First, let's look back at the Bill of Rights:
Congress shall make no law respecting an establishment of religion, or prohibiting the free exercise thereof; or abridging the freedom of speech, or of the press; or the right of the people peaceably to assemble, and to petition the government for a redress of grievances. (emphasis added)Now, from the Supreme Court ruling in Texas v. Johnson (1989):
Under the circumstances, Johnson's burning of the flag constituted expressive conduct, permitting him to invoke the First Amendment.Finally, in response to Trump's insistence that flag-burning could be punishable as treason, I quote once again from the Constitution, this time from Article III, Section 3:
Treason against the United States, shall consist only in levying war against them, or in adhering to their enemies, giving them aid and comfort.So, the tl;dr - flag burning is not illegal. It's free speech, and no law can be passed to make it illegal unless the Supreme Court reverses that ruling. So any new law would be struck down as unconstitutional. In the unlikely event that the Supreme Court reverses its ruling, any law that calls flag-burning treason would also be struck down as unconstitutional.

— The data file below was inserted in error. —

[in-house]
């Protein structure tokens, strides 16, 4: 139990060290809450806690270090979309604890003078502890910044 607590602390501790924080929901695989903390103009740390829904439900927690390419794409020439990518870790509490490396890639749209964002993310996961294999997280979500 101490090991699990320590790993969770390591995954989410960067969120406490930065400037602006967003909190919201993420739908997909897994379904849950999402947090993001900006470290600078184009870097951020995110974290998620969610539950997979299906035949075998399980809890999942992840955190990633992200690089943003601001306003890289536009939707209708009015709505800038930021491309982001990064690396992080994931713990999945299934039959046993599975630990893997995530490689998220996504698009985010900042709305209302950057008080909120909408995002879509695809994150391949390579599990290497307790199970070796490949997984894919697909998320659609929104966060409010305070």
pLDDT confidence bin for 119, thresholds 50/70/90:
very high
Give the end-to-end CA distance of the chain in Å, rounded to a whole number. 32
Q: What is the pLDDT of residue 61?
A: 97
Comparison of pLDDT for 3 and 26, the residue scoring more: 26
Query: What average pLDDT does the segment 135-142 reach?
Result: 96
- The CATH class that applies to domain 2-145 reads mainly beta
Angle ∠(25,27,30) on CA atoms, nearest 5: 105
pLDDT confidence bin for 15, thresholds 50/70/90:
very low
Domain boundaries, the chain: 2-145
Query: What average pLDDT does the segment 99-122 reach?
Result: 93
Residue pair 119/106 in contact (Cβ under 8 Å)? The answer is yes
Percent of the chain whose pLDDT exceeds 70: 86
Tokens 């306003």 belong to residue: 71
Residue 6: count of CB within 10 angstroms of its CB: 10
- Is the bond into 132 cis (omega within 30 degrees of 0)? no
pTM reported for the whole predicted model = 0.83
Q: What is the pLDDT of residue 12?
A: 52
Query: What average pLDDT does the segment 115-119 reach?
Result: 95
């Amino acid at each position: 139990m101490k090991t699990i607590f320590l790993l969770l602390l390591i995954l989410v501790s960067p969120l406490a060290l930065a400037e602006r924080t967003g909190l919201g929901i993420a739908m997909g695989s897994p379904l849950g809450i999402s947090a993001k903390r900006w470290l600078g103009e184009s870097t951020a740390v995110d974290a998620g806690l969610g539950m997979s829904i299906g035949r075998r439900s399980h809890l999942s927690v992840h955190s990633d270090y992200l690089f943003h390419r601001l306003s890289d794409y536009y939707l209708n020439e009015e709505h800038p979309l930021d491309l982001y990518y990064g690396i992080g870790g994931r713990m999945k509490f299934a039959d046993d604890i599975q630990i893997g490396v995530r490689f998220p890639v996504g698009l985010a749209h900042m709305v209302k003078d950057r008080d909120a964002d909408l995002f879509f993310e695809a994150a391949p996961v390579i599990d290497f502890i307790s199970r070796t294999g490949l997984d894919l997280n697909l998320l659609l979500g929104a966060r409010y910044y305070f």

And that, my friends, is how it works.
Post a Comment